Tyre recycler up for top innovation award
A company looking to make money out of recycling old tyres, which are a major environmental issue, has been recognised for its work.
A Melbourne company that has found a way to recycle tyres and make money out of it is the first local finalist in the world’s top innovation award.
Disposing of old tyres is one of the world’s largest environmental problems, and 24 million old tyres are disposed of in Australia every year.
Green Distillation Technologies currently runs a pilot process in central NSW for turning old tyres into carbon, oil and steel that can be sold and re-used.
Called destructive distillation, the process uses heat – no higher than 500 degrees celsius – to reduce the tyres to three basic elements.
“It’s a bit like baking a cake in reverse,” GDT chief operating officer Trevor Bayley said.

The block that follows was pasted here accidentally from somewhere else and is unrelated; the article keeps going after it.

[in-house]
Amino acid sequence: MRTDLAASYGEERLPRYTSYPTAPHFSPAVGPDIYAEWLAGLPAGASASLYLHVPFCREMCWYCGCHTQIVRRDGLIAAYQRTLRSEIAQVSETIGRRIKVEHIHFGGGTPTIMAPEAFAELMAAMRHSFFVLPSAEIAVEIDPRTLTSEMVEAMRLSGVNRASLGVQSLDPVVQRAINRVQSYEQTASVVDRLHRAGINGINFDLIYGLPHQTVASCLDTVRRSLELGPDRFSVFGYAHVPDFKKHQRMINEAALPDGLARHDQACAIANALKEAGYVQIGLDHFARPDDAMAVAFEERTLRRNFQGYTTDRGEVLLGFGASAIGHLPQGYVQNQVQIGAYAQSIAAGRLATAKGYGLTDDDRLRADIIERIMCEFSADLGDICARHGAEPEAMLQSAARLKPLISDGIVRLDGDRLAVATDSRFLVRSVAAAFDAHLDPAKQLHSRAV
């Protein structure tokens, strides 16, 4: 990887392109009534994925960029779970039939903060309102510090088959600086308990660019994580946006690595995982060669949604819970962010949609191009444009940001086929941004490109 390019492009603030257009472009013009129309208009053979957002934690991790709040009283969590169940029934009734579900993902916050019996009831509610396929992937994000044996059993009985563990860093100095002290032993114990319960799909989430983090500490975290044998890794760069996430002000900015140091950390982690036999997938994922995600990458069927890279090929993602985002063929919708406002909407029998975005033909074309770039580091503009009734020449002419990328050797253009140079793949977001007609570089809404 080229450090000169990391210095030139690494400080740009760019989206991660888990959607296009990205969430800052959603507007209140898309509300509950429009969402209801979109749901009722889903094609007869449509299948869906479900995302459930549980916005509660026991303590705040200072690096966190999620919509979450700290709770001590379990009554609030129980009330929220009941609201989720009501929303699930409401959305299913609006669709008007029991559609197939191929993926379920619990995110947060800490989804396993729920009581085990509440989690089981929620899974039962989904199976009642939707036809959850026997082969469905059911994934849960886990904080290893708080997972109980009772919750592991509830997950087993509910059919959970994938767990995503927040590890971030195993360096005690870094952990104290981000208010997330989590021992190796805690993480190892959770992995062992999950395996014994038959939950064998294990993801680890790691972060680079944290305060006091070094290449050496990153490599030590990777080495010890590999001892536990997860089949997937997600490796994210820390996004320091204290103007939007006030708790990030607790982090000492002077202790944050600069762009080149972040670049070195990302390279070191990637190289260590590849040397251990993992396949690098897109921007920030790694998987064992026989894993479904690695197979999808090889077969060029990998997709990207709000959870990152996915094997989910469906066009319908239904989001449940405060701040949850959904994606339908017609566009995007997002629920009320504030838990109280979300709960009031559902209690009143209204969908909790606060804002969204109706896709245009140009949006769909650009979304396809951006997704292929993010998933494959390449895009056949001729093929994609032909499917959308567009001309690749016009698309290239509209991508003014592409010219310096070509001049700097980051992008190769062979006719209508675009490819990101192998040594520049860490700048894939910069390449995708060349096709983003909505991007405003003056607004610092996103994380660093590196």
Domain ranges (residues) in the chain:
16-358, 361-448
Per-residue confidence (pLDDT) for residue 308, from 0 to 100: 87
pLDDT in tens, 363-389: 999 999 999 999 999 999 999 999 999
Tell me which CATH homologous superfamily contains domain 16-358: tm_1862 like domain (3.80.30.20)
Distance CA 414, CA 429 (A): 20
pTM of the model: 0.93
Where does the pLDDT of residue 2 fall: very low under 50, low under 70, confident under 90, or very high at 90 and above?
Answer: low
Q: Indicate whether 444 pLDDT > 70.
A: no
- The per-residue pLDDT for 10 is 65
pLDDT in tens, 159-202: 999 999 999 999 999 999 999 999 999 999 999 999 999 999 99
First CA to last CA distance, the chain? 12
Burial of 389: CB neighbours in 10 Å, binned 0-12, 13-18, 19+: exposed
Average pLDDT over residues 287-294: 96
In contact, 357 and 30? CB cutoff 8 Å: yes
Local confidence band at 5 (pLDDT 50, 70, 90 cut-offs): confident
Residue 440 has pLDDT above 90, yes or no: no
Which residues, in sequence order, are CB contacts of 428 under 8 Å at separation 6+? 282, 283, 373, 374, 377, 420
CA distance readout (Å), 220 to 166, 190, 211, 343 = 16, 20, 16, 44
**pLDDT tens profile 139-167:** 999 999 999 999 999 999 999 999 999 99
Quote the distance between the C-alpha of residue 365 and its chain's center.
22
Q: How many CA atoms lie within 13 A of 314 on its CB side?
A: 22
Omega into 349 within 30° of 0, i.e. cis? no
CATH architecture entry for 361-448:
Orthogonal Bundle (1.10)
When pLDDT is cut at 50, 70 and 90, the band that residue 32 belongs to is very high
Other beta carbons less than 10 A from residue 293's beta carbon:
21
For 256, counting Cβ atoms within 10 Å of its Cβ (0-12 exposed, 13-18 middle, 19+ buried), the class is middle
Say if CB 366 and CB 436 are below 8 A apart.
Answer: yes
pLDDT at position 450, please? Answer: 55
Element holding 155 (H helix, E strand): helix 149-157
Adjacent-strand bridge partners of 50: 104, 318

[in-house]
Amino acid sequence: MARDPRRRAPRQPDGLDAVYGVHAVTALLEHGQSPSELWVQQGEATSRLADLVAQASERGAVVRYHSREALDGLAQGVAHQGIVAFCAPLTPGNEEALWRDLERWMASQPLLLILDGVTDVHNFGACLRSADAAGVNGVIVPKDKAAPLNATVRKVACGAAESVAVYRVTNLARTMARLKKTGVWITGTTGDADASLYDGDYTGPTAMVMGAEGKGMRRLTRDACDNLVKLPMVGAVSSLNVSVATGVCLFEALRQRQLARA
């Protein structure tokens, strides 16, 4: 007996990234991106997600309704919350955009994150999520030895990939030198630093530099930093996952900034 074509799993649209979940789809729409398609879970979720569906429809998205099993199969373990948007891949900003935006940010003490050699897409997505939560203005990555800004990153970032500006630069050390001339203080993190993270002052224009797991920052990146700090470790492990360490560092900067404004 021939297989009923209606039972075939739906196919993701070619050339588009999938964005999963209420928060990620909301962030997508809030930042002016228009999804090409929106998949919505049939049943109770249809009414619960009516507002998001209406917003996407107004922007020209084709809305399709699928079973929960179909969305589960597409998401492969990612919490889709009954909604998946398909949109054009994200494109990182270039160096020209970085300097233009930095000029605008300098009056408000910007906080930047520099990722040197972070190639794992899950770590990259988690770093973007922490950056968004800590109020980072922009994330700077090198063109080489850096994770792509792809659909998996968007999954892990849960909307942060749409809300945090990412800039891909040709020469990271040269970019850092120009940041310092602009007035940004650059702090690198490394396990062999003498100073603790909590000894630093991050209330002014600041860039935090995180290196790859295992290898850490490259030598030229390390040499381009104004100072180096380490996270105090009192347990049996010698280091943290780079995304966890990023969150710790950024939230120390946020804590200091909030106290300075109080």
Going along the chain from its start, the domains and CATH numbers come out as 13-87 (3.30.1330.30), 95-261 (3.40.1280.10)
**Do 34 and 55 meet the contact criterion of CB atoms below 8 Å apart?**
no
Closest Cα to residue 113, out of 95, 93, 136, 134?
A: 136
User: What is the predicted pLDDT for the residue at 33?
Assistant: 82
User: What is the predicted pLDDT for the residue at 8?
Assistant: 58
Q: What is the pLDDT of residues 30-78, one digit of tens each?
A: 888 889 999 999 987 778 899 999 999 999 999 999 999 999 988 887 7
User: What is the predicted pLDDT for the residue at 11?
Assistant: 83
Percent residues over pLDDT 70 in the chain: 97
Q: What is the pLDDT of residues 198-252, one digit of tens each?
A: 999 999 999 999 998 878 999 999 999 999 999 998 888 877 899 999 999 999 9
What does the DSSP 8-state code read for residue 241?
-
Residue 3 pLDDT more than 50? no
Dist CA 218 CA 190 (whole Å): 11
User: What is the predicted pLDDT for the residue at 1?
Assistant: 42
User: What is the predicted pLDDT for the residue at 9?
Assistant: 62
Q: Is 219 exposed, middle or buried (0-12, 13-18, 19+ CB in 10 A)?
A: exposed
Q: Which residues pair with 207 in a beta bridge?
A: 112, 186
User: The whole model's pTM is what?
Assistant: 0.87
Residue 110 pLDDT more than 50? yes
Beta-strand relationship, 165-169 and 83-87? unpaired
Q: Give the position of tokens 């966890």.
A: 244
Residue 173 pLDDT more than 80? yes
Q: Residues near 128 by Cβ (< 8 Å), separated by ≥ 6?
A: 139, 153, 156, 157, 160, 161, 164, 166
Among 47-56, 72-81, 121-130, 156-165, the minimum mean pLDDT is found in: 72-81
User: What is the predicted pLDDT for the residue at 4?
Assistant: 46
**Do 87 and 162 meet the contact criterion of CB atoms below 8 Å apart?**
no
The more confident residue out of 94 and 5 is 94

The process, which is also pollutant-free, is simple but not obvious, chief executive Craig Dunn said.
“That’s the reason it’s not been done before,” Mr Dunn said.
The work has won GDT a nomination for an Edison Award, named after the famous inventor Thomas Edison.
The winners will be announced in New York on April 23.
After the destructive distillation process, carbon ends up as a black sooty powder, and can be sold to reinforce rubber products including mats and mud flaps.
The steel is collected clean and unchanged, and can be sold back to tyre makers.
The oil can be used as a heating fuel, in some diesel engines, or refined into aviation fuel.
Mr Dunn says there has been interest from several parties in buying the oil.
GDT is now building an $8 million commercial plant in Warren, NSW to process up to 19,000 tonnes of tyres per year.
On the current mix of car and truck tyres available, that’s 658,000 tyres per year.
Mr Bayley said there were other operators recycling rubber tyres, but their processes involve pre-treating the tyre and chopping them up and removing the wire.
“As soon as you do that, all the economics of the process go,” he said.